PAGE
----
India has envisioned a high speed rail (HSR) network for a number of years. However, progress on this has been abysmally slow. In recent years, however, especially after the current government came to power, the segment has once again been the focus of attention. A major breakthrough came in the form of eased foreign direct investment norms for the HSR segment. This provided the much-needed push to HSR development. Players from countries such as Japan and France have evinced interest in the development of HSR projects in India.
HSR lines: Seven HSR lines stretching for over 4,200 km were announced in the first leg of HSR development in the country. Pre-feasibility studies have been completed for most of these projects. The first stretch to be developed is the Mumbai-Ahmedabad corridor. In March 2016, Indian Railways (IR) formed a special purpose vehicle (SPV), National High Speed Rail Corporation Limited (NHSRCL), to implement the Mumbai-Ahmedabad High Speed Bullet Train project.
Diamond Quadrilateral: The Diamond Quadrilateral project envisages connecting major metropolitan cities with high speed trains to reduce the travelling time between these cities. Under this, six corridors have been identified – Delhi-Mumbai, Mumbai-Chennai, Chennai-Kolkata, Kolkata-Delhi, Delhi-Chennai, and Mumbai-Kolkata. The overall length of these corridors will be over 10,000 km.
In April 2016, IR selected companies from China, France and Spain to carry out feasibility studies of three routes connecting Delhi with Mumbai and Kolkata as well as the route between Mumbai and Chennai.
International collaborations: Over the past year, the Indian government has collaborated with a number of its global counterparts to facilitate cooperation in the development of an HSR network. MoUs for technical cooperation have been signed between the Indian government and the governments of countries such as Japan, Spain, France, Germany, China and the Republic of Korea. In December 2015, Japan extended a credit line of over Rs 790 billion for the Mumbai-Ahmedabad project.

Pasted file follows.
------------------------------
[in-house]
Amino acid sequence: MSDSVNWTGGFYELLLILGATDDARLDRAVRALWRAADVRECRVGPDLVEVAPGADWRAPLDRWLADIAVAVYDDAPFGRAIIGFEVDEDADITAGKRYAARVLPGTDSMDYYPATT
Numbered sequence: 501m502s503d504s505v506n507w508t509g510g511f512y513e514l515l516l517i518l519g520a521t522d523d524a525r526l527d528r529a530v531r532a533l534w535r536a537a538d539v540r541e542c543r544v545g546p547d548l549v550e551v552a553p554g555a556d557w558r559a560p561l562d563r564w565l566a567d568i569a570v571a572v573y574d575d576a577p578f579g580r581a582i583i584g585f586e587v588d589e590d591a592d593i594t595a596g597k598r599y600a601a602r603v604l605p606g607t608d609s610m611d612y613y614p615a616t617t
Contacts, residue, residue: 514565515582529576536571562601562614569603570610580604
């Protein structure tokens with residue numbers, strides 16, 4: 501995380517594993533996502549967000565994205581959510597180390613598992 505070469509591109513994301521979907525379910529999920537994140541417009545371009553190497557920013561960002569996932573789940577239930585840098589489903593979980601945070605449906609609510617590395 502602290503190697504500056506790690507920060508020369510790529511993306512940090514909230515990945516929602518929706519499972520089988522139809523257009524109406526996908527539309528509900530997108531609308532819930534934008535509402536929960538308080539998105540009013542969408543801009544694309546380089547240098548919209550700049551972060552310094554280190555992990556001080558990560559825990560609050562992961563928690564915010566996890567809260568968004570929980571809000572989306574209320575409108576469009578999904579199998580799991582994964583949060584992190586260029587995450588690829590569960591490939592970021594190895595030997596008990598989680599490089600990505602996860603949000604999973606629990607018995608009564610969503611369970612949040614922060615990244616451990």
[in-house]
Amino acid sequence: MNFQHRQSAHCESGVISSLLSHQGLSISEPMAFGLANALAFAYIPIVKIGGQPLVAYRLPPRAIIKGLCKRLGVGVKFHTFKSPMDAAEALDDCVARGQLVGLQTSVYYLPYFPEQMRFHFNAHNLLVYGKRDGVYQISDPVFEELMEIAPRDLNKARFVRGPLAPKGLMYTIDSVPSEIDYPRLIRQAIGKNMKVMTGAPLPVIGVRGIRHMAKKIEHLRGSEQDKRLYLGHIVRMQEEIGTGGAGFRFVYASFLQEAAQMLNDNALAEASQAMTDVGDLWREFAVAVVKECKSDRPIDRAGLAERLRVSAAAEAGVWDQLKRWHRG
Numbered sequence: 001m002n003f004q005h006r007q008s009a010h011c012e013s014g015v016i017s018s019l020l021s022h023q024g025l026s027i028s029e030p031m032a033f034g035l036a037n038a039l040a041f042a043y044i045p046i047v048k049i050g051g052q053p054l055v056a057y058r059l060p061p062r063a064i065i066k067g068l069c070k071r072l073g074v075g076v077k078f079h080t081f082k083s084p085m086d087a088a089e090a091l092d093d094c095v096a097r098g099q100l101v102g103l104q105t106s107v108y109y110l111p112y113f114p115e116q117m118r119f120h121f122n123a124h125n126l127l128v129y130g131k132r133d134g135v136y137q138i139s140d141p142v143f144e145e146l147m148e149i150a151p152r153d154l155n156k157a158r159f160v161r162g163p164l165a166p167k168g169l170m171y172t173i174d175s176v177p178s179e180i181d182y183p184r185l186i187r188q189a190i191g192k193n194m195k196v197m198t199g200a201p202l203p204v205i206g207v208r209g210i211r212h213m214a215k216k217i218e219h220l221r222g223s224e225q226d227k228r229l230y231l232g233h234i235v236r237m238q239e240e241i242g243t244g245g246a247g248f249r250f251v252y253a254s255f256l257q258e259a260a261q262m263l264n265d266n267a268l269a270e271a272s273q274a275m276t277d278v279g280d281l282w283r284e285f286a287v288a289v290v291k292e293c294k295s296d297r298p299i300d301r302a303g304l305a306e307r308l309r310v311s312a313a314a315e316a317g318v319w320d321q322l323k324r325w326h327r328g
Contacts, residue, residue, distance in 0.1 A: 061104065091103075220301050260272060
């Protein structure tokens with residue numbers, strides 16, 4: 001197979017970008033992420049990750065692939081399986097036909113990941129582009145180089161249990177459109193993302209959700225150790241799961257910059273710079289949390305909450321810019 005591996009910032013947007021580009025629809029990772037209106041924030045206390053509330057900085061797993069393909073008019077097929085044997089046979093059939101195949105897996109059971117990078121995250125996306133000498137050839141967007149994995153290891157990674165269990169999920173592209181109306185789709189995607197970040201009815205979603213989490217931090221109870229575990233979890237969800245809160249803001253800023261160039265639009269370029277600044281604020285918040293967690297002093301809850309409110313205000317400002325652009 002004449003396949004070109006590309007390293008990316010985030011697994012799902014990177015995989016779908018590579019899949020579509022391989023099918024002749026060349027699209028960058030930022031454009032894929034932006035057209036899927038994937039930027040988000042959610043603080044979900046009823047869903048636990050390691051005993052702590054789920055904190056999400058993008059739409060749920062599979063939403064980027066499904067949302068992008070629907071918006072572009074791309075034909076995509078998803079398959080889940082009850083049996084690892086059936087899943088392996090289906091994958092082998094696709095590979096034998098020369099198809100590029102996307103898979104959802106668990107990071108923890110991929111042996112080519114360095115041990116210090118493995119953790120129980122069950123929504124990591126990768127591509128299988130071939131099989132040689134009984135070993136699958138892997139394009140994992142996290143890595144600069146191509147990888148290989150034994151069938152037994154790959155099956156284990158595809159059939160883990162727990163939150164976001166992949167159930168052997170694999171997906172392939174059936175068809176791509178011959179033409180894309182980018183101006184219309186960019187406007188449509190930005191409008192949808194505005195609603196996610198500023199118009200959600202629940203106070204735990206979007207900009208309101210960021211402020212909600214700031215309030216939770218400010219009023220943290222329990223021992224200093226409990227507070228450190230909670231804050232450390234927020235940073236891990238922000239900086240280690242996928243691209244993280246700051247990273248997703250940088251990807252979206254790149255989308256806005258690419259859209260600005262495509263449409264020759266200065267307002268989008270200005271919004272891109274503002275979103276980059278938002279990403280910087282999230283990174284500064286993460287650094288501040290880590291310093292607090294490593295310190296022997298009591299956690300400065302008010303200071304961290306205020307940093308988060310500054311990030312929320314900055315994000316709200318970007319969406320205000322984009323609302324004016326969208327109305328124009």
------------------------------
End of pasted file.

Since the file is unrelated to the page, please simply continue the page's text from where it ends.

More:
Trial run of semi-high-speed trains: In June 2015, a trial run of the country’s first semi-high-speed train was conducted on the 200 km stretch between Delhi and Agra. The Gatimaan Express, as it is called, reported a total travel time of 110 minutes, with a top speed of 160 kmph. This is 30 minutes less than the current travel time. The train was flagged off on April 5, 2016. Meanwhile, a trial run of a semi-high-speed train was carried out to inspect the newly-laid double track on the Dappar-Ambala section.
First indigenous semi-high speed coaches rolled out: The Rail Coach Factory at Kapurthala rolled out 17 coaches of the Gatimaan Express. These coaches have several features such as automatic sliding doors with finger touch operations, sense-closing/opening, etc. The coaches are capable of running at a top speed of 160 kmph. Besides, works on high-speed coaches capable of running at a speed of 200 kmph are under way. The key features of these coaches include automatic outer doors, advanced braking systems, noise reduction with better sound insulation, the provision of a television set on the back of every seat in the executive chair cars, a Wi-Fi system as well as improved vestibules.
Going forward, environmental degradation along the HSR routes, displacement of people, noise pollution and regionally imbalanced development are perceived to be the potential pitfalls of HSR development in the country and call for targeted corrective policies.